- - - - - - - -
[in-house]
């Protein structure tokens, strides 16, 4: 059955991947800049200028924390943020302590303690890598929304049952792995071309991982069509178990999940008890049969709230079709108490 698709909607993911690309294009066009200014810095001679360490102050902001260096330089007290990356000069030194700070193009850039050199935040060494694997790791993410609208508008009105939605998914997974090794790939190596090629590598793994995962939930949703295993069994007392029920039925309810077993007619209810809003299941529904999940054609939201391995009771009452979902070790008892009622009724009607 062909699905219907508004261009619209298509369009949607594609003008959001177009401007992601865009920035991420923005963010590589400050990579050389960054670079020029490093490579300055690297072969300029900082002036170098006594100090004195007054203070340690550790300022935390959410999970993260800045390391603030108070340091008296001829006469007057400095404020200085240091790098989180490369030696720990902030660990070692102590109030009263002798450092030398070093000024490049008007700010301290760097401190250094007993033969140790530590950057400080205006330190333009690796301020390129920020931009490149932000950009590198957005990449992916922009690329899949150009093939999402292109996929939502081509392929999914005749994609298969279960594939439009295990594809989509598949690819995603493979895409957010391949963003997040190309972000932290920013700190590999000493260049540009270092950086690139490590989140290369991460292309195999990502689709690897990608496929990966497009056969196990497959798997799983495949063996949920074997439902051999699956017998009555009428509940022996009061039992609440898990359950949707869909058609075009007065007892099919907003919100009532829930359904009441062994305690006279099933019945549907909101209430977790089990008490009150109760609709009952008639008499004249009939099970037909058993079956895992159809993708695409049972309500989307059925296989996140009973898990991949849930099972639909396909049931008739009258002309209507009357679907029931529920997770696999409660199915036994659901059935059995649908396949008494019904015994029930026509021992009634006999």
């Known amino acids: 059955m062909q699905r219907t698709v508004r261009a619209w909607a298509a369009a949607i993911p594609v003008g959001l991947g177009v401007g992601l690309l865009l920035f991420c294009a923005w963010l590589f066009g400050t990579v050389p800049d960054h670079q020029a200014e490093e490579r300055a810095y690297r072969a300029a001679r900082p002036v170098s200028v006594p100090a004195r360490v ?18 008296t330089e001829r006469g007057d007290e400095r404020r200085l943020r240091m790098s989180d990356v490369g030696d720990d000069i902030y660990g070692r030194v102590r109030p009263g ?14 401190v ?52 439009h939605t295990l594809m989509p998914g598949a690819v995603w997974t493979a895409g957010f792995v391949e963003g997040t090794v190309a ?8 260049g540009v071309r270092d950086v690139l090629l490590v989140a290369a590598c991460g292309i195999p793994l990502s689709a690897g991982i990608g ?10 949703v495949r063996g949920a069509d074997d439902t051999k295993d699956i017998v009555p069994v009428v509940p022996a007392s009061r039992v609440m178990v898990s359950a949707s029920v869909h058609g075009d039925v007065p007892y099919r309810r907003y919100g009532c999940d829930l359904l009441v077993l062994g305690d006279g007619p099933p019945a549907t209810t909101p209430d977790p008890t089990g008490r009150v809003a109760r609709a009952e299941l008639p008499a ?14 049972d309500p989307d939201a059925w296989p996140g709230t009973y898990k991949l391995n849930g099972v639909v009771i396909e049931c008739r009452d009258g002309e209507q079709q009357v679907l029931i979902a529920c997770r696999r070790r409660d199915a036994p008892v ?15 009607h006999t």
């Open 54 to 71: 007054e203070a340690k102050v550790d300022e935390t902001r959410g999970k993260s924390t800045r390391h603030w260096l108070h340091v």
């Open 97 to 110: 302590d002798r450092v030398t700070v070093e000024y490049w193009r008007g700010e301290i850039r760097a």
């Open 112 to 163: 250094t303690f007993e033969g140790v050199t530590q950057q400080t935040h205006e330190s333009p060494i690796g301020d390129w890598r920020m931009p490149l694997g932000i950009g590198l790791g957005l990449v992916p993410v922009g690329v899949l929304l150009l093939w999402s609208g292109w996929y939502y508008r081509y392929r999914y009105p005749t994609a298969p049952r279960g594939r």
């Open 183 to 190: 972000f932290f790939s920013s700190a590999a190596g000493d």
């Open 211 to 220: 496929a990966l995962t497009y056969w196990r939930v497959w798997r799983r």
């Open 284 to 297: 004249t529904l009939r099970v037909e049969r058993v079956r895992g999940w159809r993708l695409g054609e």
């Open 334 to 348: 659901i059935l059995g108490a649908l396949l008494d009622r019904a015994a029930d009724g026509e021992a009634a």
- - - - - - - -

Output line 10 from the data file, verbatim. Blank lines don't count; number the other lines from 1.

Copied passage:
């Open 334 to 348: 659901i059935l059995g108490a649908l396949l008494d009622r019904a015994a029930d009724g026509e021992a009634a």